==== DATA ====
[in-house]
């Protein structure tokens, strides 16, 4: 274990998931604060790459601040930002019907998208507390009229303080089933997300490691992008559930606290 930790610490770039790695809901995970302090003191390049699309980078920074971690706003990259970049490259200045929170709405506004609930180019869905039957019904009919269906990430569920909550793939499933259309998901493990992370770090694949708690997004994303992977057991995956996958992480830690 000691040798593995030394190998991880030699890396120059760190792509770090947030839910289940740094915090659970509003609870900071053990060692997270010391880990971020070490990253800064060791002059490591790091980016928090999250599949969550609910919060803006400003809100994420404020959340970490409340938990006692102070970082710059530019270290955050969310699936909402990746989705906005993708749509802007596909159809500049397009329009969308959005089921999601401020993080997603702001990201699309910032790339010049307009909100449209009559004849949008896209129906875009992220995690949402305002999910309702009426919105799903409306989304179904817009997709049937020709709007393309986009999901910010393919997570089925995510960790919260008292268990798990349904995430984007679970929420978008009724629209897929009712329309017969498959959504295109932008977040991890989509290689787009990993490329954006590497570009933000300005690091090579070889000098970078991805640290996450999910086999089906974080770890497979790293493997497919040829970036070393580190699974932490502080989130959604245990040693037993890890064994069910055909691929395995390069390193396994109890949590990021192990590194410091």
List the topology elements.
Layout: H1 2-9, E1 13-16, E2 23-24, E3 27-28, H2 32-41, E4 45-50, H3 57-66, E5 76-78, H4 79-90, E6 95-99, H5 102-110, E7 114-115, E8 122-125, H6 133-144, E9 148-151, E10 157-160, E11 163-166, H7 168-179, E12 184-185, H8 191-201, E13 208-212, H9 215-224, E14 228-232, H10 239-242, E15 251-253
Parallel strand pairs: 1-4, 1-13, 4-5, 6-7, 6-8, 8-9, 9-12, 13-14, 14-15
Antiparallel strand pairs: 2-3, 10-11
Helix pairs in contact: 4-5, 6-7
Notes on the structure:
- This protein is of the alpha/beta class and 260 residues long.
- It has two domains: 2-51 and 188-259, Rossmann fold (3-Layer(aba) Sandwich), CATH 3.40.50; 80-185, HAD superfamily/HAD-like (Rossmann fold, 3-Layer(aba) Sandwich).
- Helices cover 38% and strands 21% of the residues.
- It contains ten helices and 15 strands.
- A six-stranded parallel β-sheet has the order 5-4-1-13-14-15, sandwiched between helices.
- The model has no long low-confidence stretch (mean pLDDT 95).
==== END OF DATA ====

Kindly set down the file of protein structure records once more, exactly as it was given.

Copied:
[in-house]
């Protein structure tokens, strides 16, 4: 274990998931604060790459601040930002019907998208507390009229303080089933997300490691992008559930606290 930790610490770039790695809901995970302090003191390049699309980078920074971690706003990259970049490259200045929170709405506004609930180019869905039957019904009919269906990430569920909550793939499933259309998901493990992370770090694949708690997004994303992977057991995956996958992480830690 000691040798593995030394190998991880030699890396120059760190792509770090947030839910289940740094915090659970509003609870900071053990060692997270010391880990971020070490990253800064060791002059490591790091980016928090999250599949969550609910919060803006400003809100994420404020959340970490409340938990006692102070970082710059530019270290955050969310699936909402990746989705906005993708749509802007596909159809500049397009329009969308959005089921999601401020993080997603702001990201699309910032790339010049307009909100449209009559004849949008896209129906875009992220995690949402305002999910309702009426919105799903409306989304179904817009997709049937020709709007393309986009999901910010393919997570089925995510960790919260008292268990798990349904995430984007679970929420978008009724629209897929009712329309017969498959959504295109932008977040991890989509290689787009990993490329954006590497570009933000300005690091090579070889000098970078991805640290996450999910086999089906974080770890497979790293493997497919040829970036070393580190699974932490502080989130959604245990040693037993890890064994069910055909691929395995390069390193396994109890949590990021192990590194410091």
List the topology elements.
Layout: H1 2-9, E1 13-16, E2 23-24, E3 27-28, H2 32-41, E4 45-50, H3 57-66, E5 76-78, H4 79-90, E6 95-99, H5 102-110, E7 114-115, E8 122-125, H6 133-144, E9 148-151, E10 157-160, E11 163-166, H7 168-179, E12 184-185, H8 191-201, E13 208-212, H9 215-224, E14 228-232, H10 239-242, E15 251-253
Parallel strand pairs: 1-4, 1-13, 4-5, 6-7, 6-8, 8-9, 9-12, 13-14, 14-15
Antiparallel strand pairs: 2-3, 10-11
Helix pairs in contact: 4-5, 6-7
Notes on the structure:
- This protein is of the alpha/beta class and 260 residues long.
- It has two domains: 2-51 and 188-259, Rossmann fold (3-Layer(aba) Sandwich), CATH 3.40.50; 80-185, HAD superfamily/HAD-like (Rossmann fold, 3-Layer(aba) Sandwich).
- Helices cover 38% and strands 21% of the residues.
- It contains ten helices and 15 strands.
- A six-stranded parallel β-sheet has the order 5-4-1-13-14-15, sandwiched between helices.
- The model has no long low-confidence stretch (mean pLDDT 95).